Her memoir Am I Black Enough for You? was a finalist in the 2012 Human Rights Awards and she was a finalist in the 2013 Australian of the Year Awards (Local Hero).

As an advocate for Indigenous literacy, Anita has worked in remote communities as a role model and encouraging young Indigenous Australians to write their own stories. On an international level she has performed her work and lectured on Aboriginal literature at universities and conferences, consulates and embassies in the USA, Canada, the UK, Tahiti, Fiji, New Caledonia, Spain, Japan, Austria, Germany, China, India and New Zealand. Anita is a Lifetime Ambassador for the Indigenous Literacy Foundation, and a proud Ambassador of Worawa Aboriginal College, the GO Foundation and the Sydney Swans.

Anita is a Professor of Communications at the University of QLD and is on the board of the National Justice Project, University of QLD Press, Aboriginal Art Co and Circa Contemporary Theatre.

Anita loves chocolate, running and being a creative disruptor.

Also by Anita Heiss

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Praise for Am I Black Enough For You?

Am I Black Enough For You? is a vibrant, upbeat, restless and often driven account of what it means for at least one person to enjoy life as an indigenous writer.

Michael McGirr, The Sydney Morning Herald

One of the fundamentals about books is how they allow us to see through another’s eyes. In this part memoir, part polemic, part primer on Indigenous Australia, Anita Heiss gives a sharp, funny, moving account of what it’s like to be an educated, urban Aboriginal woman with an Austrian father, and the freight of expectations that come with that. One striking aspect of the book is Heiss’s lack of anger. This is a woman more concerned to educate than to rage, more interested in building bridges than burning them. Throughout she is grateful for the opportunities she has had and the support she has received from her family and others. She shows through her own experiences the strength of the Aboriginal community – from the encouragement she received when she was studying at university, to the teaching and mentoring she has done in turn with young Indigenous students.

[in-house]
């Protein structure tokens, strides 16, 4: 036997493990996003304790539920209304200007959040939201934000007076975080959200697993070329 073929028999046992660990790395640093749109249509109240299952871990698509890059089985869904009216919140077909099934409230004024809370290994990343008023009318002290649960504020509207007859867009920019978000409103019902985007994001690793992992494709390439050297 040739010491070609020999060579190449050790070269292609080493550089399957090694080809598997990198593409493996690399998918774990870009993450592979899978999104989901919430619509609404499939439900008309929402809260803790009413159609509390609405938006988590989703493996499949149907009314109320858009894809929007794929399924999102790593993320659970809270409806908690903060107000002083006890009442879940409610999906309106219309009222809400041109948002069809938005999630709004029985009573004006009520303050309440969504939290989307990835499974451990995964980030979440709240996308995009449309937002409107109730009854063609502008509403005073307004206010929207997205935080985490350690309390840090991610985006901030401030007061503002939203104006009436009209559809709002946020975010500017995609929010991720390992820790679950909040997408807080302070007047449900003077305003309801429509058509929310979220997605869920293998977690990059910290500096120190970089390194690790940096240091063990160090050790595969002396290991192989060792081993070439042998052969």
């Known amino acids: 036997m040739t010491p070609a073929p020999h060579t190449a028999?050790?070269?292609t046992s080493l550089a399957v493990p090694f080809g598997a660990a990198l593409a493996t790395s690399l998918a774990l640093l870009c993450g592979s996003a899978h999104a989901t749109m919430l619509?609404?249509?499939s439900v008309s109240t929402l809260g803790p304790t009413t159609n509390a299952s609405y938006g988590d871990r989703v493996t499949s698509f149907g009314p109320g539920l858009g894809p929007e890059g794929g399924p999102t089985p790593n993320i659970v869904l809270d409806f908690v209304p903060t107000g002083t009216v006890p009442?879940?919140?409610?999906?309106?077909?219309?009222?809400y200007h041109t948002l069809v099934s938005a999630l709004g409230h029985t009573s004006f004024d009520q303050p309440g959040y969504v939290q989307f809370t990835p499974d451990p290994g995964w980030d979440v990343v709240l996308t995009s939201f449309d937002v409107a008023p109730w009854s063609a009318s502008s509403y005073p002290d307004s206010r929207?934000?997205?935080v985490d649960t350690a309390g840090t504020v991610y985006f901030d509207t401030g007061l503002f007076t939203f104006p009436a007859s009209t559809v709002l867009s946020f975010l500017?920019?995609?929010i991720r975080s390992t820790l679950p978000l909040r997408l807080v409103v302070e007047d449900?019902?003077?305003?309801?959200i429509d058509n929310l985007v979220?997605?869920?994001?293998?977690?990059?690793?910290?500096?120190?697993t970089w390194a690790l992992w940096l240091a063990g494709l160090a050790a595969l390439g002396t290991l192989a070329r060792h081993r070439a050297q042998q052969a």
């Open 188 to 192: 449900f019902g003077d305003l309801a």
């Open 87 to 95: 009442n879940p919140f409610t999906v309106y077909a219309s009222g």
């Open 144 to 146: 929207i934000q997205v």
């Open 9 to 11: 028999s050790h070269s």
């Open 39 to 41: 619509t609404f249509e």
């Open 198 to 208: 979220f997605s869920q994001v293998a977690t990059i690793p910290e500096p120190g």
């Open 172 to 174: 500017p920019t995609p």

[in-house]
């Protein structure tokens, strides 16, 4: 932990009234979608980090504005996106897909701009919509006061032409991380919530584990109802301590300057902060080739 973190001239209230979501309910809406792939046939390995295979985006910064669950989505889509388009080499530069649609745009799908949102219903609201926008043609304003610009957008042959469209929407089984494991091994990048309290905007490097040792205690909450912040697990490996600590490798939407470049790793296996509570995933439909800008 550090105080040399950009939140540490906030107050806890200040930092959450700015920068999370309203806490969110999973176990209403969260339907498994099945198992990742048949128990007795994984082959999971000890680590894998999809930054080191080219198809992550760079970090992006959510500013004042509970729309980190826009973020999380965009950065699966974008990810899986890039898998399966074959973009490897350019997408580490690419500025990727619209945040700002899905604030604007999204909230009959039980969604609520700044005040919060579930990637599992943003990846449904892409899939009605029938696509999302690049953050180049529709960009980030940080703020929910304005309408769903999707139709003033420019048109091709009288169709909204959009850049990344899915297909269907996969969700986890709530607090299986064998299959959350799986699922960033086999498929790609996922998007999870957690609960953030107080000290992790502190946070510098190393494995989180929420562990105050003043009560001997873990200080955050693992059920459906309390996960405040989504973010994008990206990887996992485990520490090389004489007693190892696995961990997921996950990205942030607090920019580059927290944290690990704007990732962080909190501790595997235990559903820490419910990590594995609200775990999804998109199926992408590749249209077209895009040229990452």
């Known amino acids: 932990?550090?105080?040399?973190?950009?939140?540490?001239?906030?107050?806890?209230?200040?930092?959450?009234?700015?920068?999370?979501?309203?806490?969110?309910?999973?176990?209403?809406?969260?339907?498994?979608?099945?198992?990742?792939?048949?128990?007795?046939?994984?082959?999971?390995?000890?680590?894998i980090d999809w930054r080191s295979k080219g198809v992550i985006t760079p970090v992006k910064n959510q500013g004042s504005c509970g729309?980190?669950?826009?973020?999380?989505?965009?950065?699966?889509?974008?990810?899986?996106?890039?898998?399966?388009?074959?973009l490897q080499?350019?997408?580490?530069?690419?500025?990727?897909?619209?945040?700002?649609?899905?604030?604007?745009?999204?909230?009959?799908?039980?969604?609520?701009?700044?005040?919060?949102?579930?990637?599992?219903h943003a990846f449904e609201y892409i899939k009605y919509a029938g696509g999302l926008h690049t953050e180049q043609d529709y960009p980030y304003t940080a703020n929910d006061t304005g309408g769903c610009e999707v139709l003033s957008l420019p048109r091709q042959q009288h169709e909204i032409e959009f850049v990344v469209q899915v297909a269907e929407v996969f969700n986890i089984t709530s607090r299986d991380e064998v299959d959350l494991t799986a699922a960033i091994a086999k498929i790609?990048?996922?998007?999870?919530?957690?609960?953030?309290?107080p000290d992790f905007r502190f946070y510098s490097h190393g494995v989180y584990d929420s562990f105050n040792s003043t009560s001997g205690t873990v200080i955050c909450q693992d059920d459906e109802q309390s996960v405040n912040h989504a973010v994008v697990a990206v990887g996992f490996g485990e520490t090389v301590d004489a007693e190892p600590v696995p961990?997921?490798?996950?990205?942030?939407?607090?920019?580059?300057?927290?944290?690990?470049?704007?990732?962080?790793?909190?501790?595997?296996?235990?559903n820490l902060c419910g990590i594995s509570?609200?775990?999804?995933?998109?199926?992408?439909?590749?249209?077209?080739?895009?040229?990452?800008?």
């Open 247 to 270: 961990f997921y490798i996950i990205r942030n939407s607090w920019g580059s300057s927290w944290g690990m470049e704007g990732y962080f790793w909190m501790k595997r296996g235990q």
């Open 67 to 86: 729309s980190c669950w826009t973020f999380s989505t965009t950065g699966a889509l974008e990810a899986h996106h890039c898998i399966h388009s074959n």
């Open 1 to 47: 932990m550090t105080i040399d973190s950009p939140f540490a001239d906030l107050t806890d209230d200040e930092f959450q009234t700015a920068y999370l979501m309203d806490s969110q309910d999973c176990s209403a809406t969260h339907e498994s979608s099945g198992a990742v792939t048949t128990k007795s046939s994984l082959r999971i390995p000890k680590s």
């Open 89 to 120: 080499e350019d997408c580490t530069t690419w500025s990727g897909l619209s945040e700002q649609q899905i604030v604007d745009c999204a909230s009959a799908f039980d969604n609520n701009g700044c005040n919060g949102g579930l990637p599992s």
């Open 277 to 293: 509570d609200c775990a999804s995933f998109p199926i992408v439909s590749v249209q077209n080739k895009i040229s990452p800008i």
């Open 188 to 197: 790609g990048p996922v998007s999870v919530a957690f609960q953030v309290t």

Linda Funnell, The Newtown Review of Books

With wisdom, wit and fierce intelligence, Anita Heiss has written a brilliant memoir about what it means to be a black Australian woman in the 21st century. Part family history, part manifesto, this is feisty stuff: brassy, razor sharp and utterly readable.

Benjamin Law

There are many reasons to like the writing of Anita Heiss. She’s funny in a dry, laconic way, she’s a straight talker – there are no frills here – and she’s passionate about her topic of racial relationships. Dr Heiss’s book is a personal account of being herself in a country that seems obsessed with stereotyping. Heiss’ book is informative, personal and accessible. It serves well as a myth-breaker and also a style of political memoir. Every high school in Australia should be ensuring this book is on its curriculum.